by Geneva R. Anderson
I have been battling ovarian cancer for almost 20 years, a miracle when you consider the death rate from this killer. Following surgery in 1994, I heard those famous last words, “We got it all,” only to discover in the spring of 2005 that the cancer had metastasized to my lungs. After enduring four years of chemo, and believing God was directing me to change, I elected to stop treatment in July 2010. For me, this journey has been as much a spiritual one as it has been physical. Was there fear in deciding to stop chemo? Absolutely! But I was stopping chemo because I believed God wanted me to stop; thus, it became an act of obedience and trust.
Concurrently, I changed my diet to vegan/vegetarian and started juicing. Within three weeks, I was feeling so much better. Life on chemo was . . . not a life at all! CT scans in January and March of 2011 showed significant tumor growth. In fact, after the March report, my oncologist told me I had less than a year to live. How could that be true when I was feeling so great? I opted to stick with my veggies and juicing. The next CT scan in July 2011 showed things turning in my favor. As an added bonus, I also lost 60 pounds!
I never felt really well on chemo, lost my hair twice in four years, and saw what it was doing to my body in side effects that remain to this day. More than three years after stopping chemo, I am going strong and have even launched a new career as a professional speaker. My lesson was that I could take charge of my health and give myself a better quality of life with the potential to defeat any dread disease in my body. I would rather have a shorter quality life than a longer — albeit miserable — life that chemo was supposedly giving me. Ecclesiastes 5:20 sums up both the emotional and spiritual side effects of chemo on my life: “For he will not much remember the [bad] days of his life because God keeps him occupied with joy in his heart.” I would never have chosen cancer; but cancer has become the crucible for growth in my relationship to God, of learning in reality that God is good all the time! I can now say (and mean it!), “Thank you God for what having cancer has taught me about who you are and that your grace is more than sufficient.”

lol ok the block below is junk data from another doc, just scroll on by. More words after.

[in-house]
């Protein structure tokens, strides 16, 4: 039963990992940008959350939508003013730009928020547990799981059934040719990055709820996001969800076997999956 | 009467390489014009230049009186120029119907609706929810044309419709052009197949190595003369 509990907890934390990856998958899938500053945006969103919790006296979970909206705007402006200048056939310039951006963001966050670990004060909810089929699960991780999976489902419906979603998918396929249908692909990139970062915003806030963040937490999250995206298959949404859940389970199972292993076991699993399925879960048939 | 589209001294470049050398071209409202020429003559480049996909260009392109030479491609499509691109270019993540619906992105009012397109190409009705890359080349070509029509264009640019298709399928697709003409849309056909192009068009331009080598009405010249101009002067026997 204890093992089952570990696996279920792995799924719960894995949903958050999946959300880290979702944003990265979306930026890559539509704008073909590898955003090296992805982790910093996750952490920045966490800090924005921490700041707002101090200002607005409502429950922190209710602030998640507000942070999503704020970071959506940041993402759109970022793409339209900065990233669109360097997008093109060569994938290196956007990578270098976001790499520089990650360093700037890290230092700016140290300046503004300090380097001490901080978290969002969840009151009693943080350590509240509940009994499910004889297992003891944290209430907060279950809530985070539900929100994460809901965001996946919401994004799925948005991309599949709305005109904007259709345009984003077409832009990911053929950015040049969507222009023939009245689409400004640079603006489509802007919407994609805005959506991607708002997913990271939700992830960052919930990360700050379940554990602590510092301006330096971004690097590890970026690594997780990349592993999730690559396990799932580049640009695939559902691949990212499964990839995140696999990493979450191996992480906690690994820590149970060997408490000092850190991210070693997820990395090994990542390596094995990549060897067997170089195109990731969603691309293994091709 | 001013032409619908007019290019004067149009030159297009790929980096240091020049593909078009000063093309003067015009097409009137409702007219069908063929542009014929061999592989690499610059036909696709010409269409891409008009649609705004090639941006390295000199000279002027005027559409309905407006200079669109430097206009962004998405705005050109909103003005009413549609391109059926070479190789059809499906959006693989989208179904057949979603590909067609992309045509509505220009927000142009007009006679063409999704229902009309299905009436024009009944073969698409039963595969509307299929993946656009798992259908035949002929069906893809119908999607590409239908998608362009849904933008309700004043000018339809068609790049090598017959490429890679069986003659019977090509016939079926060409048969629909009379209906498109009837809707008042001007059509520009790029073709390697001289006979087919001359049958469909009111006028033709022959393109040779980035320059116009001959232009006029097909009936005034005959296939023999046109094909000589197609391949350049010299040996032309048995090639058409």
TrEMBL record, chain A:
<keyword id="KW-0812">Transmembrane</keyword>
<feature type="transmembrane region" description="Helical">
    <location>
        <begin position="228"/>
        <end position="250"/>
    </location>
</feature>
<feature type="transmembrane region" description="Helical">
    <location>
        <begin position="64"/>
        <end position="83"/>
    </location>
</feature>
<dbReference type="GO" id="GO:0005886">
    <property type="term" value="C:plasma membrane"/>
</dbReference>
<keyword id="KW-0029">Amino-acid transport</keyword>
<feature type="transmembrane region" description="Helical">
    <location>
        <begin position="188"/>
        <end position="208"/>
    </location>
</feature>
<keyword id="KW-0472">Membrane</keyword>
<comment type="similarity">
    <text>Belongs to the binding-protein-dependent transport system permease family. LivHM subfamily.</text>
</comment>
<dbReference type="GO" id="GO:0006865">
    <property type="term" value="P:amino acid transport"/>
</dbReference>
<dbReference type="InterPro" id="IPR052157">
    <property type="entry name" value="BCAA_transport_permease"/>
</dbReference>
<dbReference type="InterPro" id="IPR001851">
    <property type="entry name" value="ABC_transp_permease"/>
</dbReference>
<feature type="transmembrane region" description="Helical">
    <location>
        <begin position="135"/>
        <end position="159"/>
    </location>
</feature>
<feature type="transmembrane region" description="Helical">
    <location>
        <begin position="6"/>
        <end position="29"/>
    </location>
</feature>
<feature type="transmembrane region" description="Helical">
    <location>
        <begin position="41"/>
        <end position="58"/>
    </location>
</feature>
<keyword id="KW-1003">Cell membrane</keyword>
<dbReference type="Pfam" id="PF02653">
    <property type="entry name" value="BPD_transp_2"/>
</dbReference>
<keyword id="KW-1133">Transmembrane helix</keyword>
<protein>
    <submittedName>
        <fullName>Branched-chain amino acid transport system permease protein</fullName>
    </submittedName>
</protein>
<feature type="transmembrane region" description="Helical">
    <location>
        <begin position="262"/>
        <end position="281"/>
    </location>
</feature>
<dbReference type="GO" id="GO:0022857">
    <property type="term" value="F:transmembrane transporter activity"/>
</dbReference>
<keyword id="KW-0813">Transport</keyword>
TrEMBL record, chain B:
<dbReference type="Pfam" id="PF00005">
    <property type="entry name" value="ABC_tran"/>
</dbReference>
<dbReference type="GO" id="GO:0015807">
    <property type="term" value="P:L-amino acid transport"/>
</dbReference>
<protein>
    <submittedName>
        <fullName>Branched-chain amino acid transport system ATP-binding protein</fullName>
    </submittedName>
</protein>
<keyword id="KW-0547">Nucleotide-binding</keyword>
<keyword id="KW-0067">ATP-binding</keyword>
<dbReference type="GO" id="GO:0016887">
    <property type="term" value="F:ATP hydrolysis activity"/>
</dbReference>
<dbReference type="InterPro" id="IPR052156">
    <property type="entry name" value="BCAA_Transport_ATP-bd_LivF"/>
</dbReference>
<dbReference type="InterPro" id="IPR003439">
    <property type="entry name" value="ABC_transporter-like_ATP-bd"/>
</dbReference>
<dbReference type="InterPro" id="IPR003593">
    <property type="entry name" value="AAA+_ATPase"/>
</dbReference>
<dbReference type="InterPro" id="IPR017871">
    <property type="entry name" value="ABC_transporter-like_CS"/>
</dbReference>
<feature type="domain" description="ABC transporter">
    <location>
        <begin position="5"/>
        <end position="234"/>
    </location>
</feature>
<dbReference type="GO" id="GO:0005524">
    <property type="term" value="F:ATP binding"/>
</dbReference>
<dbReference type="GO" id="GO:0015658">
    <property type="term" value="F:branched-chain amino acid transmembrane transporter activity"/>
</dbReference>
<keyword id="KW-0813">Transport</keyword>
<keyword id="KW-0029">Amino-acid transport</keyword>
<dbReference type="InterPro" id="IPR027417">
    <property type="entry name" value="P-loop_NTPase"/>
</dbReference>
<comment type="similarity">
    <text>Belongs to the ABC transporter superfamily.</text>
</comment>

Since I am not a medical professional and do not give medical advice, I am not suggesting that anyone stop treatment. However, my personal experience supports my truth that the body that God created has tremendous power to heal itself when given proper nutrition.
The medical establishment is slowly coming around to the importance of diet and nutrition for treating many diseases and, more importantly, preventing them in the first place. A recent CT scan has shown that several tumors are shrinking while others have remained unchanged. I am encouraged to stay on track with nutrition, and aggressively pursue alternative, non-invasive, non-toxic treatments.
For me, this is a better way than what standard medical practice had to offer me. My research even revealed that the particular ovarian cancer cell I have does not respond to chemo!
I am grateful that God gave me the knowledge and courage to take charge of my health, and that my healing journey has increased my faith and my joy in my spiritual life.
Bio: Geneva Anderson is living her dream to be a professional speaker and communications coach. Her company is Open Door Communications. Geneva says, “I help people who put both feet in their mouth at the same time, because those folks don’t have a leg to stand on!”
She also writes a blog, Light for the Night — Encouragement for the Dark Places of Life, which can be found at: http://genevaanderson.org. Geneva enjoys speaking to civic, professional, and faith-based groups. She may be contacted at firstname.lastname@example.org.